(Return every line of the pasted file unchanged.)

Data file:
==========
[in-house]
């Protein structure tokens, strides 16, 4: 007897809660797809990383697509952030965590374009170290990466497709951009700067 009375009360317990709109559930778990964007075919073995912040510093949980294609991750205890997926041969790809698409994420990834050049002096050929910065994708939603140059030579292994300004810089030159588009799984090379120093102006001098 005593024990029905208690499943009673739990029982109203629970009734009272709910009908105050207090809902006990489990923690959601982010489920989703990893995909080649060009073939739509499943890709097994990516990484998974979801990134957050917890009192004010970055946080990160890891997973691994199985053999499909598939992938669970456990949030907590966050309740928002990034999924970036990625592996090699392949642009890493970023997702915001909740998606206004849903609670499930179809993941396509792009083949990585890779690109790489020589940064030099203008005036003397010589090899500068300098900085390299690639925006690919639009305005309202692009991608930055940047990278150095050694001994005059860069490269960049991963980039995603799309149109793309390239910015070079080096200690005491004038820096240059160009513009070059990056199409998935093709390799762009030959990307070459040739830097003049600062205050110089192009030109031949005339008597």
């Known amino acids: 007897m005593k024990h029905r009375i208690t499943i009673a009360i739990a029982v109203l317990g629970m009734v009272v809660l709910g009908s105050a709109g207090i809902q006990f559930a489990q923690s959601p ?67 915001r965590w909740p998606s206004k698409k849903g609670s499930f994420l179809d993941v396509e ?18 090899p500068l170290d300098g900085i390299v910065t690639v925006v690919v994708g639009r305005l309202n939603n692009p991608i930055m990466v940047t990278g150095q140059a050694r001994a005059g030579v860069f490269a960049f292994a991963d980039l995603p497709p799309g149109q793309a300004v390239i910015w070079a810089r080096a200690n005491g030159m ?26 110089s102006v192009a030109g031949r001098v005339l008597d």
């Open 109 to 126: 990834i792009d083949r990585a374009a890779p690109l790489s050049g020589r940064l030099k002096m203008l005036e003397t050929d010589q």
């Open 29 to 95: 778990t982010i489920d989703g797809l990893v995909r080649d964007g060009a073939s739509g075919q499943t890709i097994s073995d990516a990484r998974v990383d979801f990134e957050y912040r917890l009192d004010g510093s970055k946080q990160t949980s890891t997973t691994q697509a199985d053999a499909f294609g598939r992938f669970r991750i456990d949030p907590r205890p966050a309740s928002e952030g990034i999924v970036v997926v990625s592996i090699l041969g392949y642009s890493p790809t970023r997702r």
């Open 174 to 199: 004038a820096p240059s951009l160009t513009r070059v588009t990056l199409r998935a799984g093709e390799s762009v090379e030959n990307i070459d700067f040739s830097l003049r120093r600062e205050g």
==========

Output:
[in-house]
């Protein structure tokens, strides 16, 4: 007897809660797809990383697509952030965590374009170290990466497709951009700067 009375009360317990709109559930778990964007075919073995912040510093949980294609991750205890997926041969790809698409994420990834050049002096050929910065994708939603140059030579292994300004810089030159588009799984090379120093102006001098 005593024990029905208690499943009673739990029982109203629970009734009272709910009908105050207090809902006990489990923690959601982010489920989703990893995909080649060009073939739509499943890709097994990516990484998974979801990134957050917890009192004010970055946080990160890891997973691994199985053999499909598939992938669970456990949030907590966050309740928002990034999924970036990625592996090699392949642009890493970023997702915001909740998606206004849903609670499930179809993941396509792009083949990585890779690109790489020589940064030099203008005036003397010589090899500068300098900085390299690639925006690919639009305005309202692009991608930055940047990278150095050694001994005059860069490269960049991963980039995603799309149109793309390239910015070079080096200690005491004038820096240059160009513009070059990056199409998935093709390799762009030959990307070459040739830097003049600062205050110089192009030109031949005339008597």
């Known amino acids: 007897m005593k024990h029905r009375i208690t499943i009673a009360i739990a029982v109203l317990g629970m009734v009272v809660l709910g009908s105050a709109g207090i809902q006990f559930a489990q923690s959601p ?67 915001r965590w909740p998606s206004k698409k849903g609670s499930f994420l179809d993941v396509e ?18 090899p500068l170290d300098g900085i390299v910065t690639v925006v690919v994708g639009r305005l309202n939603n692009p991608i930055m990466v940047t990278g150095q140059a050694r001994a005059g030579v860069f490269a960049f292994a991963d980039l995603p497709p799309g149109q793309a300004v390239i910015w070079a810089r080096a200690n005491g030159m ?26 110089s102006v192009a030109g031949r001098v005339l008597d």
């Open 109 to 126: 990834i792009d083949r990585a374009a890779p690109l790489s050049g020589r940064l030099k002096m203008l005036e003397t050929d010589q």
């Open 29 to 95: 778990t982010i489920d989703g797809l990893v995909r080649d964007g060009a073939s739509g075919q499943t890709i097994s073995d990516a990484r998974v990383d979801f990134e957050y912040r917890l009192d004010g510093s970055k946080q990160t949980s890891t997973t691994q697509a199985d053999a499909f294609g598939r992938f669970r991750i456990d949030p907590r205890p966050a309740s928002e952030g990034i999924v970036v997926v990625s592996i090699l041969g392949y642009s890493p790809t970023r997702r």
């Open 174 to 199: 004038a820096p240059s951009l160009t513009r070059v588009t990056l199409r998935a799984g093709e390799s762009v090379e030959n990307i070459d700067f040739s830097l003049r120093r600062e205050g």